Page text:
By John Reilly
Have you ever felt you needed to get away from it all but didn’t have more than a day to spare? Recently, a friend and I wanted to get away, if only for an afternoon. We pointed the car south in search of something interesting and out of the ordinary. We found it in a place not too far away, San Pedro. Our adventure started with a drive around the Palos Verdes Peninsula. Driving past the Pt. Vicente Lighthouse in Palos Verdes, the stunning coastline near the old Marineland and Portuguese Cove, we finally came upon our first stop, the Pt. Fermin Lighthouse, located in a green, leafy park overlooking the ocean where in the summer free Shakespeare plays are held.
The Pt. Fermin Park is a place for locals to picnic, kick soccer balls, or just relax. The trees in the park are great for climbing. Sometimes you can hear, if not see, a group of green parrots that call these tall trees their home. We toured the renovated lighthouse, built in 1874, and learned about the fascinating history of the lighthouse keepers and their families, who manned the lighthouse in harsh and often isolated conditions in the mid 1800s to the early 1900s. Interestingly, Pt. Fermin’s first lighthouse keepers were women, Mary and Ella Smith, who resided in this remote location from 1874 to 1882. The Smiths, like other keepers, were true pioneers, living many miles from their closest neighbors and surviving on the supplies that were shipped in each month. The lighthouse housed other keepers, including Captain George Shaw (1882 – 1917) and the Austin family (including eight children) until 1926 when the light was electrified and managed by the city. After Pearl Harbor, the light was forever extinguished but the house continued to serve as a lookout tower and signaling station for ships. Later, it became a residence for city park maintenance employees. In 1974 the Pt. Fermin Lighthouse was added to the National Register of Historic Places. It was restored and retrofitted in 2002 and opened to the public in November 2003.
After we finished our lighthouse tour, we got another taste of San Pedro history, mostly by accident. A strange looking, ramshackle bar with lots of Harley Davidson motorcycles parked out front sits across the street from the park. Not sure what we would find inside, we decided to check out the old diner anyway.
The Walker Café, run by two daughters of the original owner named Walker has withstood the test of time and still retains its authentic home-style decor from the 1940’s. The Café’s charms lie in its basic menu, cold drinks, good prices and old-fashioned service. Best of all, walking into the diner is like stepping into another era. One of the bikers joined us at the bar as we looked out past the lighthouse at Catalina Island. The Walker Café, as noted in its menu/brochure, has Hollywood screen credits as well, having been the locale for a scene in Roman Polanski’s “Chinatown” starring Jack Nicholson.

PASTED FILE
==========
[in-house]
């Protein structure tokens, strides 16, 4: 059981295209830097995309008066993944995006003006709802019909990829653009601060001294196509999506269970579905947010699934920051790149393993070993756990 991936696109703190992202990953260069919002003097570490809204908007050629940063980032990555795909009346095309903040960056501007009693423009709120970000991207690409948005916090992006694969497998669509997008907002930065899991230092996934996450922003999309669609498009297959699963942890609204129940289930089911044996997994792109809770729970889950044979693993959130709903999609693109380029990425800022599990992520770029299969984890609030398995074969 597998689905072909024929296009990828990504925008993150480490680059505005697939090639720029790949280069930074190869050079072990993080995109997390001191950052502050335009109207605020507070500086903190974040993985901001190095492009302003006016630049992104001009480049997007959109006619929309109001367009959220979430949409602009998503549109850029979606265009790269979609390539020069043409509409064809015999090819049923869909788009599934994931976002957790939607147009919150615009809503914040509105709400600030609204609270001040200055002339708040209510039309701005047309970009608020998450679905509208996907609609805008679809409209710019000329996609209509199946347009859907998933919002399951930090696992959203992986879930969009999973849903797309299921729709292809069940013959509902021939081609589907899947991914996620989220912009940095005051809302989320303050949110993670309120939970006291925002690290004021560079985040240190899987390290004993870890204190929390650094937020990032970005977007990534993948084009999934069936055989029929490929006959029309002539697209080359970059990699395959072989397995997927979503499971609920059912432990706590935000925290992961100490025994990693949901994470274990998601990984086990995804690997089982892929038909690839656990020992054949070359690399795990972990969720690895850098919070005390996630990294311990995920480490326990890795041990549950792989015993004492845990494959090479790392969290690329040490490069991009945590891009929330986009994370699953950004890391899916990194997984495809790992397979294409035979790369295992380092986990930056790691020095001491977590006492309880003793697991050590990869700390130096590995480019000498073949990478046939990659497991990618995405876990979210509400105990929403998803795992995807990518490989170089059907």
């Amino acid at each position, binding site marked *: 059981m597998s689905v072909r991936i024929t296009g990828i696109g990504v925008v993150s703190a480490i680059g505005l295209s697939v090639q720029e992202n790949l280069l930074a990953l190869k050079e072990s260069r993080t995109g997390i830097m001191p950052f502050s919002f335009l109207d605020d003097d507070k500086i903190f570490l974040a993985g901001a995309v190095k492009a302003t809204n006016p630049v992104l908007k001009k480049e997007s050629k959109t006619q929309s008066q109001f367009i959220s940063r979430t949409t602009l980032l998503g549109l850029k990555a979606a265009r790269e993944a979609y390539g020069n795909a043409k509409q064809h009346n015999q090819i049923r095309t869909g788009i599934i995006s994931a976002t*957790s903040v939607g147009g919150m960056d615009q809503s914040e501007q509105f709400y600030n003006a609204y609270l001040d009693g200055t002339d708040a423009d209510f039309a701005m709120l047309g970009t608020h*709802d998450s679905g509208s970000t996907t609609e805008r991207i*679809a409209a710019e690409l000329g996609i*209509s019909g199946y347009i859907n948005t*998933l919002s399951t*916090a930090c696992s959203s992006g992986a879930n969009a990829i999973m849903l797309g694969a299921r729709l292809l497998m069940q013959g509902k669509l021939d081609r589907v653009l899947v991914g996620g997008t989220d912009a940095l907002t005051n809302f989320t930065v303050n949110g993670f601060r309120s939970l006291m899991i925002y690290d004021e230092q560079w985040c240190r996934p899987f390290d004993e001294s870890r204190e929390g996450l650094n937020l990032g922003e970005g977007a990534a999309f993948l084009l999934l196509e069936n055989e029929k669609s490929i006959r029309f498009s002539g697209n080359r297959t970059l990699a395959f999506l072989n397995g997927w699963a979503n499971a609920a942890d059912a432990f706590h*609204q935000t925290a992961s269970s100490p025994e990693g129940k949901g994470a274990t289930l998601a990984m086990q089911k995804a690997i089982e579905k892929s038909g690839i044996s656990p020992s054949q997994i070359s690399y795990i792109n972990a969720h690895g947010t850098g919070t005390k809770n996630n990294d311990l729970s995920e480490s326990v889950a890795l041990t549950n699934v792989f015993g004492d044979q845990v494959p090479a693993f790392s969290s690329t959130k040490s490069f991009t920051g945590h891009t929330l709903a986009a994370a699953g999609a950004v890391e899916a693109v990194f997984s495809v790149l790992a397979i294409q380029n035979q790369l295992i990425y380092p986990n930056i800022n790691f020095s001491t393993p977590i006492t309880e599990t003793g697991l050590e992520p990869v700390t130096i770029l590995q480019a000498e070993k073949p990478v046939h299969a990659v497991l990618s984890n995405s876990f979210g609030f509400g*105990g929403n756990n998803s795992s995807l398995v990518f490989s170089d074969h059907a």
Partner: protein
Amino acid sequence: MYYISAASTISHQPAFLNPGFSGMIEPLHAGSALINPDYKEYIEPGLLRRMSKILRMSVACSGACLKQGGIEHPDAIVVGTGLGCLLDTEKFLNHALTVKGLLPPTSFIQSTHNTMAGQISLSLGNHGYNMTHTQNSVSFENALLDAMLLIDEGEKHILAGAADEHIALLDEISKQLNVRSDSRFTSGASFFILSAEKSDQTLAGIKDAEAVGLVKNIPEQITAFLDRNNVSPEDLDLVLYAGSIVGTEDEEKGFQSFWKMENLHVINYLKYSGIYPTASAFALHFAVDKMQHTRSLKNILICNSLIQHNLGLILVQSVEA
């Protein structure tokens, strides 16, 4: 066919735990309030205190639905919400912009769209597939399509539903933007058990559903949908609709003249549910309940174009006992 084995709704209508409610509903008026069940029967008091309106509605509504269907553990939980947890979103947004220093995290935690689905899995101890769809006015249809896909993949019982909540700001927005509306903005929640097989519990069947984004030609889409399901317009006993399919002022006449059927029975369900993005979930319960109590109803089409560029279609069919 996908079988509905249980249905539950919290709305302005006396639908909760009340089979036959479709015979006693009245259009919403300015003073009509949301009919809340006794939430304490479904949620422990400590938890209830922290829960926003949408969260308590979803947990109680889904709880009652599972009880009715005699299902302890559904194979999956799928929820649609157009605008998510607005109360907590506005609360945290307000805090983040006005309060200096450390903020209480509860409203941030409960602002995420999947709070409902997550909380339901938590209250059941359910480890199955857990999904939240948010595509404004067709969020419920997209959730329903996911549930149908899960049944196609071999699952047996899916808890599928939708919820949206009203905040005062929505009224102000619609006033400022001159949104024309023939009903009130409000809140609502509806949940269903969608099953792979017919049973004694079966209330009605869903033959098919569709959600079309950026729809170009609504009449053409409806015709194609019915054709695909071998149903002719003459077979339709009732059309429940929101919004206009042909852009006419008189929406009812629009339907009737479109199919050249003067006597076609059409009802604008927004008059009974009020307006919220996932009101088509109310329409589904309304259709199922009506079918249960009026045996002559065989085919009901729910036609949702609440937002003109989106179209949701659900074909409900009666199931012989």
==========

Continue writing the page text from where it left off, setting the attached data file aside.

Up the street from Pt. Fermin, you can walk or drive to the Korean Friendship Bell. This ornate bronze bell and painted pagoda was a gift from the Republic of Korea for the 1976 American bicentennial. The bell is perched on top of a hill overlooking the peninsula where you can witness a spectacular panorama of Palos Verdes, San Pedro, and the Long Beach Harbor. Notice the concrete slabs located below the bell. These are remnants of where World War II cannons once stood to protect the harbor from a Japanese invasion that never came.
The Friendship Bell Park is a quiet, peaceful place where kids fly kites, roll in the grass, or play basketball on the nearby courts. There are fewer places in southern California that afford a better view of the Pacific. Our drive into old California’s history continued in downtown San Pedro. Near the harbor, we boarded a renovated Red Car. The Red Car line is short, only about two miles long, but is well worth the nostalgic trip. Tickets are only $1.00 per passenger and, during the day, there is easy access via a free shuttle bus at the end of the line to San Pedro’s impressive Cabrillo Aquarium. After riding the charming Red Car, you will wonder why our city ever got rid of them.
We ended up at Ports of Call where you can choose from a variety of restaurants for an early dinner. We liked “Alaska Seafood and Sushi” for its Mariachi band, fish and chips, jumbo oysters and cervezas, all on the water’s edge. The place and its menu seemed to sum up the best L.A. has to offer. I’m not sure if it gets any better than this. You could also opt for Greek food at the famous Greek restaurant, “Papadakis”, where the waiters sing, dance and even break a few plates.
Extend your day trip with a visit to the historic movie house, the Warner Grand Theater. Built in 1931, this is one of the few remaining old cinema houses in southern California. This theater typically shows classic and foreign films that are best seen in such grand venues. A local San Pedro group affiliated with the theater sometimes arranges special “dinner and a movie” nights where you can eat at a local ethnic restaurant and then see a movie whose theme is based on that same culture.
San Pedro is often an overlooked and you’d be missing out if you were to dismiss it. Look closely enough and you will discover its many historic and cultural places of interest, all of which are within an easy drive from the South Bay.